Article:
is a revamped version of the literary references that used to be on the individual
books pages. I think a list of books that Eager namedropped and appeared to think
very highly of might be a better idea.
most obvious influence was British novelist E. Nesbit. His novels are tributes
(whether directly or indirectly) to hers. Read Eager's article "Daily Magic"
from the October 1958 issue of Horn Book for a good overview. All of these
books are now in the public domain and can be found to read online.
dubs these the "golden half-dozen" magic stories:Other
Nesbits Eager seems to deem as worth reading:
* The Enchanted
Castle ("desert island reading")
The "five children"
* Five Children and It
* The Phoenix and the Carpet
(basis for The Time Garden?)
* The Story of the Amulet
* The House of Arden
* Harding's Luck (partial
basis for Knight's Castle?)
* The Magic City (basis
for Knight's Castle)
* Wet Magic (basis for Magic on the Lake?)
the Bastable books (The Treasure Seekers, The Wouldbegoods, The New Treasure
Seekers, Oswald Bastable)
* Five of Us and Madeline (short stories)
The Railway Children
* The Wonderful Garden ("an almost
perfect book," basis for Magic or Not? and The Well-Wishers)
an article titled "A Father's Minority Report," Eager recommends these
books as ones he and his son enjoy:
Alicia: Short Stories for Short People (1896)
Atwater, Richard and Florence:
Mr. Popper's Penguins (1938)
Austin, Margot: Peter Churchmouse
Bailey, Carolyn Sherwood: Miss Hickory (1946)
and Mary: Tomson's Hallowe'en (1929)
Bangold, Enid: Alice and Thomas
and Jane (1946)
Baum, L. Frank: The Wizard of Oz (1900)
L. Frank: The Land of Oz (1904)
Baum, L. Frank: Ozma of Oz (1907)
Frances Hodgson: Racketty Packetty House (1914)
Carryl, Charles: The
Admiral's Caravan (1892)
de Saint Exupery, Antoine: The Little Prince
Eaton, Anne: Treasure for the Taking (1946)
Gag, Wanda: The
Funny Thing (1929)
Graham, Al: Timothy Turtle (1949)
The Exciting Family (1936)
Lawson, Robert: Rabbit Hill (1944)
Herbert: Noah and Rabbit (1932)
Nesbit, E.: The Enchanted Castle
Parrish, Anne: Floating Island (1930)
Potter, Beatrix: The
Fairy Caravan (1929)
Potter, Beatrix: Tale of Little Pig Robinson
Thompson, Ruth Plumly: Kabumpo in Oz (1922)
The White Deer (1945)
Tolkien, J.R.R.: The Hobbit (1938)
Stockum, Hilda: Kersti and Saint Nicholas (1940)
White, E.B.: Stuart
White, Eliza Orne: Enchanted Mountain (1911)
books and authors, arranged by author.
Lousia May. Little Women.
This is one of Ann's favorite books, and is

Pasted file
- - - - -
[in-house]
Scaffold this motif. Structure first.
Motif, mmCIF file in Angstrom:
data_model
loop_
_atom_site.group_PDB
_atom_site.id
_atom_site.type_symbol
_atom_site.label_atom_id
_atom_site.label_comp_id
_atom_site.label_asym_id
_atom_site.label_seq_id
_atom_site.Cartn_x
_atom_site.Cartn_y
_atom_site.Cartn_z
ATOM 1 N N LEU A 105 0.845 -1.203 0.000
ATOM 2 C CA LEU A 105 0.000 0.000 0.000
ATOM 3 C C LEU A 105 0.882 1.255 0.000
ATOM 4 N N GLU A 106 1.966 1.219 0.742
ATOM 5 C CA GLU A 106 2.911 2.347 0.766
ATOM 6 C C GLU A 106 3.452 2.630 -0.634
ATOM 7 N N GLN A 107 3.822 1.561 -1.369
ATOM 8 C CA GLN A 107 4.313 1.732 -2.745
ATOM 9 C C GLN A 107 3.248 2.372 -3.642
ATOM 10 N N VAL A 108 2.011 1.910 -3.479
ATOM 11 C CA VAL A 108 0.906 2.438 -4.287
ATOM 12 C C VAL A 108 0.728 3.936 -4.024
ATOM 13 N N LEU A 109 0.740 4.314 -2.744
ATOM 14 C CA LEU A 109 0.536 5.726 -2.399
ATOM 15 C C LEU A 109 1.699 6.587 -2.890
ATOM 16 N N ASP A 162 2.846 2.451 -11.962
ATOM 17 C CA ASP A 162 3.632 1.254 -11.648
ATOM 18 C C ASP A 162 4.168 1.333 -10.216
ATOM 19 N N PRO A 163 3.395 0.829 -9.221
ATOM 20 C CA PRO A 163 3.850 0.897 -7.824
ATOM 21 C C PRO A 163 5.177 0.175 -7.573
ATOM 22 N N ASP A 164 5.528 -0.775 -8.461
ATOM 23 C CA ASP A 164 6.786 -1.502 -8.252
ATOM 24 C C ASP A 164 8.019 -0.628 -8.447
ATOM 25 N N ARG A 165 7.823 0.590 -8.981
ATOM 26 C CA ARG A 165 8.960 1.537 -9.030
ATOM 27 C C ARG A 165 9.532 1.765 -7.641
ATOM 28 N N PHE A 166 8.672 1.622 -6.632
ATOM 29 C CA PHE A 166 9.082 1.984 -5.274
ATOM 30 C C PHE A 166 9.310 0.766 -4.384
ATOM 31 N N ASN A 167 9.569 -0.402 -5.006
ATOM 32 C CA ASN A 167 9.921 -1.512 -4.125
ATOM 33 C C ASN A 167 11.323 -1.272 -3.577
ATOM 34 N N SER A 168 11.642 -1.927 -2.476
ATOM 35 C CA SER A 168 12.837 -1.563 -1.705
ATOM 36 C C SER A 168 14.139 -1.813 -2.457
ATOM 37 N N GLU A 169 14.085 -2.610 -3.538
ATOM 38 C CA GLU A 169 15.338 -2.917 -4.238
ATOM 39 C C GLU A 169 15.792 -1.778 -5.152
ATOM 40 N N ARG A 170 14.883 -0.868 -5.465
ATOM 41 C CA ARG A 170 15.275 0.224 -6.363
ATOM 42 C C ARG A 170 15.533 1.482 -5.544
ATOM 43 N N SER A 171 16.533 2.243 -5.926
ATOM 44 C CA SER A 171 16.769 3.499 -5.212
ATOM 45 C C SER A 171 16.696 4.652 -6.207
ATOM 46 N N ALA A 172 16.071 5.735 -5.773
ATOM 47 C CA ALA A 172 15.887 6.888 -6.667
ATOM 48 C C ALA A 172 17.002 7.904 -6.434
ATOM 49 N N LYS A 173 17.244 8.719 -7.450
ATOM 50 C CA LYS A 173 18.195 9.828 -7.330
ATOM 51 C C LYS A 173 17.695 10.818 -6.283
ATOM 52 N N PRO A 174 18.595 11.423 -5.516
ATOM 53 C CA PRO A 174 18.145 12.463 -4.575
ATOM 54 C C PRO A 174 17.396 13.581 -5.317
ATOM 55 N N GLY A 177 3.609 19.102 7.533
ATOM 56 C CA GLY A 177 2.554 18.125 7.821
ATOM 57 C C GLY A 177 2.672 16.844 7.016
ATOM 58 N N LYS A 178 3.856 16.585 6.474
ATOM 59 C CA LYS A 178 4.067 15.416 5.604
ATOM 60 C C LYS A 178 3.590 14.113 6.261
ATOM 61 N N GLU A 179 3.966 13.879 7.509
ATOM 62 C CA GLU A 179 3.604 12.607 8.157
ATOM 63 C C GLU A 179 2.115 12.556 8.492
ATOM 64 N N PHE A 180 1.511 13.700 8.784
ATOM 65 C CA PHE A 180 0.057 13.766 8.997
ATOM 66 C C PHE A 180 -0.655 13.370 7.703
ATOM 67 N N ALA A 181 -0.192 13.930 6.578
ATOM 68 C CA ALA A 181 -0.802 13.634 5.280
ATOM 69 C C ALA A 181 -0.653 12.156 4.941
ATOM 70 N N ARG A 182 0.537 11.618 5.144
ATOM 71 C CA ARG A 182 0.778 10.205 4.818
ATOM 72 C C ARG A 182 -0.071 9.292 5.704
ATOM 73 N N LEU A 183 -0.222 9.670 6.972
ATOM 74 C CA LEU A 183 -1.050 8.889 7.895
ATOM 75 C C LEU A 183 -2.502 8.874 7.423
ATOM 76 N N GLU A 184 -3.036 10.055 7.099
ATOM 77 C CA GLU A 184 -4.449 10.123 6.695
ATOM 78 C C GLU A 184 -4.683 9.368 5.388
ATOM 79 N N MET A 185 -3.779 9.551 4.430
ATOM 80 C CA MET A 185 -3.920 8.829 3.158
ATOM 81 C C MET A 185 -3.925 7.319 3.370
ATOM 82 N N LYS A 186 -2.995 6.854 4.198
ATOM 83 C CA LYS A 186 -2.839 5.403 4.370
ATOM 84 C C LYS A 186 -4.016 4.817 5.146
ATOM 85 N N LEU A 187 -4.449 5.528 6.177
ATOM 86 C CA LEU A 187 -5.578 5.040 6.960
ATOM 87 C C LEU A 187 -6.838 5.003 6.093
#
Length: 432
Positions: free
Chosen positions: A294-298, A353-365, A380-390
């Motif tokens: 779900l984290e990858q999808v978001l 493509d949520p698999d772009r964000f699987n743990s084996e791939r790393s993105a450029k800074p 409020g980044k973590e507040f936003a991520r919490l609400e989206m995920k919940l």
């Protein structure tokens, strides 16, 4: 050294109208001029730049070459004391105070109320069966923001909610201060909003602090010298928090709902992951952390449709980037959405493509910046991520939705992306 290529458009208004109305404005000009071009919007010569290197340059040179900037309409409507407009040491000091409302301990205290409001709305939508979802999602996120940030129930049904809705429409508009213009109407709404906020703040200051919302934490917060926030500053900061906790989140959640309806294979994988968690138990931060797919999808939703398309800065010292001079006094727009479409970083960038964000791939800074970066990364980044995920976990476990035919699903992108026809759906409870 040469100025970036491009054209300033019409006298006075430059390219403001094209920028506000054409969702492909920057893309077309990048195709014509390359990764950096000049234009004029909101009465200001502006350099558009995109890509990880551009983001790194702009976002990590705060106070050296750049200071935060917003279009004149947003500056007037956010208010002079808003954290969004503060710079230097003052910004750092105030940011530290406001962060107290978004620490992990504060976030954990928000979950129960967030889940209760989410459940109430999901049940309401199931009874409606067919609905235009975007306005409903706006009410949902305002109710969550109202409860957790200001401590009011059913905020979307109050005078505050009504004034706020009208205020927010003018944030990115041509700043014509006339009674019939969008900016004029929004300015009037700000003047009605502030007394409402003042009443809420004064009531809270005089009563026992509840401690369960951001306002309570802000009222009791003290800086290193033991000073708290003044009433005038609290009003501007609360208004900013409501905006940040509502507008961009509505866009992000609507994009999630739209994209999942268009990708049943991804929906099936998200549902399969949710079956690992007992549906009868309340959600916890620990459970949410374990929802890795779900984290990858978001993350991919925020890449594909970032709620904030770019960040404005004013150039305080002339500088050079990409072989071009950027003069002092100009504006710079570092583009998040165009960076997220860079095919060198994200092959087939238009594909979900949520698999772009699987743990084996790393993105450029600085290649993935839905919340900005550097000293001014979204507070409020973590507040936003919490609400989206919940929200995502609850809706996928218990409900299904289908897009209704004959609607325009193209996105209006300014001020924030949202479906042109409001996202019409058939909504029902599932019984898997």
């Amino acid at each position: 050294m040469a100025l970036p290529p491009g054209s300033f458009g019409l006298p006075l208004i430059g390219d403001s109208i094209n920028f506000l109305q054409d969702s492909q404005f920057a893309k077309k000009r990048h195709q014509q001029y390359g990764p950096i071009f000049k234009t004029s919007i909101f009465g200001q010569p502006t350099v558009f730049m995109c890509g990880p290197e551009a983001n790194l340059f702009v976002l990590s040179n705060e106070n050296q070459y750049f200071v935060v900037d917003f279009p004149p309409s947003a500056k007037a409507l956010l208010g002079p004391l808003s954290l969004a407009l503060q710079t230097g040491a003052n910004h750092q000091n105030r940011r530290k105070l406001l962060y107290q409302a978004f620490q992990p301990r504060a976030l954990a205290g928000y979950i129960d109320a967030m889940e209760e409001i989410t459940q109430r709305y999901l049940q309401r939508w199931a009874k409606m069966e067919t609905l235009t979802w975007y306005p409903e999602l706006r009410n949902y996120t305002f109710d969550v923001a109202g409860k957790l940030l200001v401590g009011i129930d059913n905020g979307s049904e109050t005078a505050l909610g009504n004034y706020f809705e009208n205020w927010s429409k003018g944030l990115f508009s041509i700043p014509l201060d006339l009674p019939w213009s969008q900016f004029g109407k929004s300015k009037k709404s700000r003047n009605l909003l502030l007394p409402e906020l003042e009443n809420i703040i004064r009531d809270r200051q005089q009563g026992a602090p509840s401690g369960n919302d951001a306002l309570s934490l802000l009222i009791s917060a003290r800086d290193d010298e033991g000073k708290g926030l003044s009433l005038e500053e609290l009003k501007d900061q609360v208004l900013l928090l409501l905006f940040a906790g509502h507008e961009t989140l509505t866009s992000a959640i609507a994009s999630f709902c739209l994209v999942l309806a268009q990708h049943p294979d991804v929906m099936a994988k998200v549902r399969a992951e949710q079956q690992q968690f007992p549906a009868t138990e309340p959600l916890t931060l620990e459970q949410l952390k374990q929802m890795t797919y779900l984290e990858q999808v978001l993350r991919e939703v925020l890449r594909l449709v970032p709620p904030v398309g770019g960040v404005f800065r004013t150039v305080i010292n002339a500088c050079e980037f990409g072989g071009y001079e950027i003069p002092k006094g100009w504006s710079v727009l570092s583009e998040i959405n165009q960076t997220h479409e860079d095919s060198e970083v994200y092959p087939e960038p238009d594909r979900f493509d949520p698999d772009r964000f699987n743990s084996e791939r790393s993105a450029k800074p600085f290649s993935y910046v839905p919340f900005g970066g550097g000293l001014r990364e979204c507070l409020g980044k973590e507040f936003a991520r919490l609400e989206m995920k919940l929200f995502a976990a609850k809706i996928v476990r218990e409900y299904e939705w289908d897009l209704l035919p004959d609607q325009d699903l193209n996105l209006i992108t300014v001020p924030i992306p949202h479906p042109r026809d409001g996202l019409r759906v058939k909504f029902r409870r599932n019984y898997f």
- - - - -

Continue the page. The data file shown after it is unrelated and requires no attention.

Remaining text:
mentioned in both Knight's Castle and The Time Garden. Actually,
it's more than just mentioned in the latter. :P
L. Frank. The Oz series
Eager grew up reading these books as a child
and, in addition to Nesbit, served as a major inspiration to his books. I have
read that his books contain veiled references to the Oz books, but as I haven't
read the Oz books, I can't say where they might be. :P
Kenneth. The Wind in the Willows
This book is adorable. I would have
hated it as a child, though. Very, very British. It is mentioned explicitly in
The Time Garden, and is referred to (though not by name) in the "magic
overload" scene at the beginning of Magic by the Lake.
Maud Hart. the Betsy-Tacy books
Ann's other favorite books, these are
autobiographical novels about the author ("Betsy") and her friend ("Tacy"),
and later their other best friend ("Tib"). These books are unique in
that as the girls age, the reading level adjusts with them. I enjoyed the early
books as a kid, but the later ones were just to hard for me.
John. The Midnight Folk.
Eager obviously thought ever highly of this
now-rare British fantasy novel. It is namedropped in both Magic or Not?
and The Time Garden.
Beatrix. (various short stories)
Eager's early book Mouse Manor was
inspired by the tales of Beatrix Potter and was written only when he ran out of
Potter stories to read to his son. These were among my own first favorite stories
Wilder, Laura Ingalls. The
Little House series
My own favorite books before discovering Eager's,
these novels are clear inspiration for an episode in Seven-Day Magic.
my own recommendations:
Eager's children would have loved the happy, energetic
heroine of this book. She reminds me a little of Jane, only far less defiant.
Robert Louis. Treasure Island
Maybe this was mentioned in one
of Eager's books and I just don't remember. If not, this certainly seems like
the sort of book they would love.
in frames? Click here.